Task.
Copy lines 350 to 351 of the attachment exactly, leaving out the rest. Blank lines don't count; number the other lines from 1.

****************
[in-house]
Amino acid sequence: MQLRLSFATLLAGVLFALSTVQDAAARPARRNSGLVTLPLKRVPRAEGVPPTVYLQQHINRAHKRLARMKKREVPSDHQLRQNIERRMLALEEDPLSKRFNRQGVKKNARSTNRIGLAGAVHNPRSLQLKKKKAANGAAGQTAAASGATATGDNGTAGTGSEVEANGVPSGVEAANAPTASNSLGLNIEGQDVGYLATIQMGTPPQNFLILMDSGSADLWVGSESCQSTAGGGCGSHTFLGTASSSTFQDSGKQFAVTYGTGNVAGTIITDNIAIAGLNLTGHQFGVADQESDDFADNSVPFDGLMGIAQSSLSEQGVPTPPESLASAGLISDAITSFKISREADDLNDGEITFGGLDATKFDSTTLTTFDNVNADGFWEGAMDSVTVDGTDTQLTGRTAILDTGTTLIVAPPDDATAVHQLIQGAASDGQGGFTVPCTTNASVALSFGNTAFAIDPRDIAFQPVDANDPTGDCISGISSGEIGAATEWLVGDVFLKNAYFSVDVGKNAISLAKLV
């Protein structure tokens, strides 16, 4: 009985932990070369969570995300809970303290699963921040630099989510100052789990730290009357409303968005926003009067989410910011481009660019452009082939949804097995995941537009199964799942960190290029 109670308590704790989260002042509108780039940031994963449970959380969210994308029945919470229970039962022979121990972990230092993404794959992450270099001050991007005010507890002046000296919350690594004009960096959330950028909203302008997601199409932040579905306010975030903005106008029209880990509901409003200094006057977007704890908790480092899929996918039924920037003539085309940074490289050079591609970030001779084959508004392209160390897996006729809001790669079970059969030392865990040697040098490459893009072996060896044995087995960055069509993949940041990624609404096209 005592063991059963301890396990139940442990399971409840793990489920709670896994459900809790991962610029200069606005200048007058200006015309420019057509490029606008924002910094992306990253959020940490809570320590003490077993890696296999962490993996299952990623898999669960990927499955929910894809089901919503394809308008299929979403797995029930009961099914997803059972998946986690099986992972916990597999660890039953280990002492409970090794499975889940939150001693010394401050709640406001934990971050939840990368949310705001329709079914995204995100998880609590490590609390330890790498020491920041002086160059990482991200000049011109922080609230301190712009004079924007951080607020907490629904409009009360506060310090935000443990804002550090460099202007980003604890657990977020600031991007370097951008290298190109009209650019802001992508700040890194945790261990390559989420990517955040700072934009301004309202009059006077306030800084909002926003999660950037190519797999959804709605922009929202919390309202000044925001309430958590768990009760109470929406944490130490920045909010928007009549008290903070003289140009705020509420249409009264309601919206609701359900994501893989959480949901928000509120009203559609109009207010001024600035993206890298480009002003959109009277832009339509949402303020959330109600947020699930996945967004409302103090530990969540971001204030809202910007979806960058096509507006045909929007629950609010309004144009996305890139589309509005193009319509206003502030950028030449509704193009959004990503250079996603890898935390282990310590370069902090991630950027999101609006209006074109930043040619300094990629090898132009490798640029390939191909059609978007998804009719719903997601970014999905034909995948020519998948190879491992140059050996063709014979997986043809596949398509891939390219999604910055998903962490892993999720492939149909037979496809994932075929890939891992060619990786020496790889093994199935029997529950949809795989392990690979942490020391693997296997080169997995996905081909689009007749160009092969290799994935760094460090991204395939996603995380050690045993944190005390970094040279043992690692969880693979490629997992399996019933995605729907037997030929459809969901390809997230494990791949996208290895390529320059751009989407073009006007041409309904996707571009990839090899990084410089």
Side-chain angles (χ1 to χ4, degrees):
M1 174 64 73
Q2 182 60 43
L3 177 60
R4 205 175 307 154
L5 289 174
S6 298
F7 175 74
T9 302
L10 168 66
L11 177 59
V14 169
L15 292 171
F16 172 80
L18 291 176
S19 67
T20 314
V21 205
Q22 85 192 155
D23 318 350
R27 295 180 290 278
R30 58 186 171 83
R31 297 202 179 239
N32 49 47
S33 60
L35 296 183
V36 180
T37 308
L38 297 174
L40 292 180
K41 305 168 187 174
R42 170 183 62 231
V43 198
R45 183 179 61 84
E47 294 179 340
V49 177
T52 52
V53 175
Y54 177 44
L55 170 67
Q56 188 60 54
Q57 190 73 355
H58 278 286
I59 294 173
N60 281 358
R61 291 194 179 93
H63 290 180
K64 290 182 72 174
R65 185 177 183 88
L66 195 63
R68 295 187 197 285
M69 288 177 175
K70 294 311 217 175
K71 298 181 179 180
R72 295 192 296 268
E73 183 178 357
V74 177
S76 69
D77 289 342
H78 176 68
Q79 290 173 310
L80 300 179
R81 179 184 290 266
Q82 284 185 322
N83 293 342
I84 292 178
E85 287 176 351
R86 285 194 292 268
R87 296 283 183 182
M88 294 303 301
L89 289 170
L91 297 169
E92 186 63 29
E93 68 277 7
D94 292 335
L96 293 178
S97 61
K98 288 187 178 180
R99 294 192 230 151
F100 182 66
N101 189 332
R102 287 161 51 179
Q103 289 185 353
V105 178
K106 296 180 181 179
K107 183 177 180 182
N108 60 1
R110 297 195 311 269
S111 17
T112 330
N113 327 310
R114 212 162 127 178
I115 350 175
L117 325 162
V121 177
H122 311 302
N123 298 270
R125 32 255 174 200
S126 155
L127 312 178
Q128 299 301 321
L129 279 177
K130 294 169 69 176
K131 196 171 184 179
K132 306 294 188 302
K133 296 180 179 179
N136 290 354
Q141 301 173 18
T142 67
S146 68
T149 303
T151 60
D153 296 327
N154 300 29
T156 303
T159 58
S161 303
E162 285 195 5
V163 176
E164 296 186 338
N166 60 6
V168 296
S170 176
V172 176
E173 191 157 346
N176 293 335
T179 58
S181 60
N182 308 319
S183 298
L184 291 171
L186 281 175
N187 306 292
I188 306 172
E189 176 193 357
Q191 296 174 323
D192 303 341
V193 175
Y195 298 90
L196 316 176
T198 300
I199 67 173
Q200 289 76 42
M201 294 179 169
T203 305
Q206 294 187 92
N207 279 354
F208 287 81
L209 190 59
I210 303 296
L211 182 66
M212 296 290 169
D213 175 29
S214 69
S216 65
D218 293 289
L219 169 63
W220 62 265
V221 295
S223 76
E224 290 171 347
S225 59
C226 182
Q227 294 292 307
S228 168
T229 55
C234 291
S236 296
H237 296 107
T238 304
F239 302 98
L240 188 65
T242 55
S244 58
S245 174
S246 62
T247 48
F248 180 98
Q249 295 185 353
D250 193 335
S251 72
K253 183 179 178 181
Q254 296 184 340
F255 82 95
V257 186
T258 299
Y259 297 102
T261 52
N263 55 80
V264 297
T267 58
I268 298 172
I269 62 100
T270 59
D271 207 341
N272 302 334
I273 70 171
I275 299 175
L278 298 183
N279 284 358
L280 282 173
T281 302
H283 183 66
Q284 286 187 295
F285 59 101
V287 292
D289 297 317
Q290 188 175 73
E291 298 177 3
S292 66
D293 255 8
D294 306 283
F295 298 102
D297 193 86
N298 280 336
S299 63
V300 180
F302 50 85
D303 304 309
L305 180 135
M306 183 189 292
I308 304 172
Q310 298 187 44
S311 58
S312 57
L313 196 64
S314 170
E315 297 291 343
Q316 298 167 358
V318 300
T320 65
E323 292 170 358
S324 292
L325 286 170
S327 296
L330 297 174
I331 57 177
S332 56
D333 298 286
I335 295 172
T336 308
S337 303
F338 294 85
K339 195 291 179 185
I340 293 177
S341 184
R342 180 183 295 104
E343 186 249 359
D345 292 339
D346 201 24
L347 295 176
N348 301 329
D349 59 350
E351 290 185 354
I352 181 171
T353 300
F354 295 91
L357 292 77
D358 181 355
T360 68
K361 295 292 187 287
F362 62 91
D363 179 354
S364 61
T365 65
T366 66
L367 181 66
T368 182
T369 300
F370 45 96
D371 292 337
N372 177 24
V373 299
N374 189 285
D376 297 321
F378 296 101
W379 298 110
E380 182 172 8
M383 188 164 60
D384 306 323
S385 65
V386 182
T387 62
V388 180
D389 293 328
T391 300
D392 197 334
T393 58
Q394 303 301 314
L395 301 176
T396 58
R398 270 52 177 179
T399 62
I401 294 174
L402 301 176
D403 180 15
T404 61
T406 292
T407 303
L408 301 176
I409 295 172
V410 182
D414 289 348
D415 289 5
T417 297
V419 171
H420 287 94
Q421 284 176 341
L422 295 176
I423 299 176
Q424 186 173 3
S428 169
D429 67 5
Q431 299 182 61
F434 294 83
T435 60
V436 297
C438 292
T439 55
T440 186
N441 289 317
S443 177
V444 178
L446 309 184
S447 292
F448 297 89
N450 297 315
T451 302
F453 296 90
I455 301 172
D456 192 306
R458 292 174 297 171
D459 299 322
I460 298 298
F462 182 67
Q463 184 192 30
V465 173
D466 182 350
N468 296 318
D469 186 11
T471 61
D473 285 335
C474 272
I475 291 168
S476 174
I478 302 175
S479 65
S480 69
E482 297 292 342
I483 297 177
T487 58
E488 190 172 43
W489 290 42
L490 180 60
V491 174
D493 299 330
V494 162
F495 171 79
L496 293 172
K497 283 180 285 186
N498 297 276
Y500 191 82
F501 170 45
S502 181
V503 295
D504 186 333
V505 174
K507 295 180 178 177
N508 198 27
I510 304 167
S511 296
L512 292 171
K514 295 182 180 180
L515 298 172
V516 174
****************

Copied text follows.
S479 65
S480 69